Academic journal article Journal of Sustainable Development

The Effectiveness and Safety of Vermi-Versus Conventional Composting of Human Feces with Ascaris Suum Ova as Model Helminthic Parasites

Academic journal article Journal of Sustainable Development

The Effectiveness and Safety of Vermi-Versus Conventional Composting of Human Feces with Ascaris Suum Ova as Model Helminthic Parasites

Article excerpt

Abstract

Composting toilets have been promoted for management of human waste at remote sites in parks and alpine areas of recreation, but they may not be effective for producing a stable and safe end product. Vermicomposting has been shown to result in a more degraded final product but its effectiveness for pathogen destruction was unclear due to conflicting information in the literature. This study sought to resolve the debate on whether or not vermicomposting could produce a hygenic end product that would be safe for disposal locally. Vermicomposting was tested for destruction of the model pathogens, helminthic parasites, in an experiment with highly concentrated and viable Ascaris suum (2626±1306 ova/g, 61.6±8.7% viable) inoculated into fecal matter and coir (30:70 ratio) with and without Eisenia fetida worms. After 90 days at 19±3 °C six, eight, and 12 worms were found alive with no significant difference between treatments or through time found in TS% (12-15%), ova concentration and ova viability. A 100 times reduction in the concentration of Escherichia coli resulted from the worm treatment versus the control. Significantly higher nitrate (22 735±4 741 mg/kg NO^sub 3^^sup -^) and lower pH (pH 4.60±0.01) were found in the treatment as compared to the control (5 078±2 167 mg/kg NO^sub 3^^sup -^) (pH 6.56±0.30). Despite these improvements in fecal matter processing, vermicomposting was found ineffective at reducing Ascaris suum ova concentration and viability. Decentralized vermicomposting can efficiently stabilize and mature fecal matter; however prior to unrestricted end product use, an additional sanitation step is necessary.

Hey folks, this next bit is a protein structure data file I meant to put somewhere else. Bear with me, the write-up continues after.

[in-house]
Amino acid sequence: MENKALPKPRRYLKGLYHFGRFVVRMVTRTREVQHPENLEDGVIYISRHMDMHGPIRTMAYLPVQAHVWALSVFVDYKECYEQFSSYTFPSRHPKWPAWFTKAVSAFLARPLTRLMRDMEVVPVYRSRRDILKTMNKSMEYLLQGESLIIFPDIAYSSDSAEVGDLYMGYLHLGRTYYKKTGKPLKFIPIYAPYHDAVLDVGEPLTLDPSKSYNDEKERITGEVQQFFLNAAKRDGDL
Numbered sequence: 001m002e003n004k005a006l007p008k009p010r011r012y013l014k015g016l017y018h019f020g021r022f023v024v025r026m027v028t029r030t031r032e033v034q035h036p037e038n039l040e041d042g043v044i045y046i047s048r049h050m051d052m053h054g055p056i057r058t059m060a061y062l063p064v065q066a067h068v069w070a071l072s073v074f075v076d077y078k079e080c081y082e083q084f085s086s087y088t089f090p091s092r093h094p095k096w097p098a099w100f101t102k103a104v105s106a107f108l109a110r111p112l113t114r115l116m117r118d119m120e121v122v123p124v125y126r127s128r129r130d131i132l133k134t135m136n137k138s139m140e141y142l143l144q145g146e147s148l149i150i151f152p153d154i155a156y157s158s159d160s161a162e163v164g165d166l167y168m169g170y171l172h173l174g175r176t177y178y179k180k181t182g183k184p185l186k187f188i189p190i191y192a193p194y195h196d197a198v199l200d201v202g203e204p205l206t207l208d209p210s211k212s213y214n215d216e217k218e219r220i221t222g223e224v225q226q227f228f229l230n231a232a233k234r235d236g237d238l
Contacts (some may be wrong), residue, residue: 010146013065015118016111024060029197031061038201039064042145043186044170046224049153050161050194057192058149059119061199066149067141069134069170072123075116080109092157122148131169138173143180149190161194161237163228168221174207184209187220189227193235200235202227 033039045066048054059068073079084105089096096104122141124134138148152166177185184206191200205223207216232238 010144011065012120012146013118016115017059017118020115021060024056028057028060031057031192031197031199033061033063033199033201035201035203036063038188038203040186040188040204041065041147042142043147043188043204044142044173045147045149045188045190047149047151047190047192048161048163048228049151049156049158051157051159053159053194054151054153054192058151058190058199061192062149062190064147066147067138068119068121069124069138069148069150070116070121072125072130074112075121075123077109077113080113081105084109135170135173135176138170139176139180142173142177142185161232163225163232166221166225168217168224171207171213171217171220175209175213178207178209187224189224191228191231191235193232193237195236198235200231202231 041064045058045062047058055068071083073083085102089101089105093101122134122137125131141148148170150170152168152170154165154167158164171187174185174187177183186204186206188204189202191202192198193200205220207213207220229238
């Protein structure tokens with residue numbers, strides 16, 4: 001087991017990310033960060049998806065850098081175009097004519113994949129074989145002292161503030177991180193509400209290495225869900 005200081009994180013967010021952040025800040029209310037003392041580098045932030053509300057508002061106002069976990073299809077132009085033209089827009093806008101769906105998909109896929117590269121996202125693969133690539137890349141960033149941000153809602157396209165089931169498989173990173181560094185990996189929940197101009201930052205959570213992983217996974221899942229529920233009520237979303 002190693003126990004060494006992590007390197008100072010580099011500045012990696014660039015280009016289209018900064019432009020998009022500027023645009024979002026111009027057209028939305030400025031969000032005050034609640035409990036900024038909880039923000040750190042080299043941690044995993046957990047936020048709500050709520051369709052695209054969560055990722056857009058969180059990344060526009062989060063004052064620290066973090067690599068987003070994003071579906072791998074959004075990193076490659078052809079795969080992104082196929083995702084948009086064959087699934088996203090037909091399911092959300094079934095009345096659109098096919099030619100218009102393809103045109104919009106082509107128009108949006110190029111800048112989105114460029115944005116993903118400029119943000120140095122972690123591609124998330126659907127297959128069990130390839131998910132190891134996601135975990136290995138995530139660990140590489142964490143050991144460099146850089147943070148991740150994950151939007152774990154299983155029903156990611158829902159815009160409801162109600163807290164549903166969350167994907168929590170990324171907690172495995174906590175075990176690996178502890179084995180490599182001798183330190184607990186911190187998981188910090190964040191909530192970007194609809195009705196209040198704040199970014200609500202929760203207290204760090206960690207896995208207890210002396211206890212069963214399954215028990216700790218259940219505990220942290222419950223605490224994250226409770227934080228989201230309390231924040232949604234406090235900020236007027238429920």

Keywords: vermicomposting, human waste.. Iscaris suum, helminthic parasites, E. coli, nitrate

1. Introduction

Management of human waste using waterless technology is often the only option in remote locations. Additionally, composting toilets are being adopted in some urban areas, since they are perceived as safe and effective, although there is little on going monitoring to prove this. The ideal onsite human waste treatment system would be a continuous flow, one step process to produce stabilized, sanitized and mature end products that can be handled without health risks and disposed onsite without environmental impacts, bringing about, at very low cost and risk, production of a soil amendment that could be used for rehabilitation projects. The waterless and waste reuse aspects of composting toilets make them an attractive sustainable technology.

Despite popular perception, Hill and Baldwin (2012) indicate that composting toilets fail to deliver these objectives. Urine diverting dehydrating toilets (UDDTs) divert urine, evaporate moisture, and require ash amendment in order to reduce pathogens through desiccation and alkalization and are considered to be an improved design over latrine composting toilets. Despite the focus on pathogen destruction over stabilization, 31% of samples from Bolivian UDDTs that met World Health Organization (WHO) guidelines for UDDTs (high pH, low moisture, and long storage times), still contained viable Ascaris lumbricoides ova indicating that UDDT systems are not reliable sanitization systems (McKinley, Parzen, & Guzmán, 2012).

Although vermicomposting has not been approved by Canadian or US federal agencies as a pathogen reduction and stabilization pathway, it has been shown that vemicomposting (Eastman et al., 2001) and urine diverting vermicomposting toilets (Hill & Baldwin, 2012) may have the capability to deliver on all of these objectives (stabilization, maturation, and sanitization). By diverting urine, fecal matter and toilet paper become a suitable feedstock for decentralized vermicomposting, a process that was shown, by Hill and Baldwin (2012), to produce sanitized (low E. coli), mature (Solvita® 4±0) and stable (VS 60±10%) solid end product from human excrement, as has been shown similarly in numerous other studies including Bajsa, Nair, Mathew, Ho (2003) (sewage sludge), Yadav, Hait, Tare (2007) (source separated fecal matter), Benitez, Nogales, Elvira, Masciandaro, Ceccaniti (1999) (sewage sludge), and others for numerous animal manures and industrial wastes as reviewed by Sinha, Herat, Bharambe (2009) and Edwards, Arancon, Sherman (2011). …

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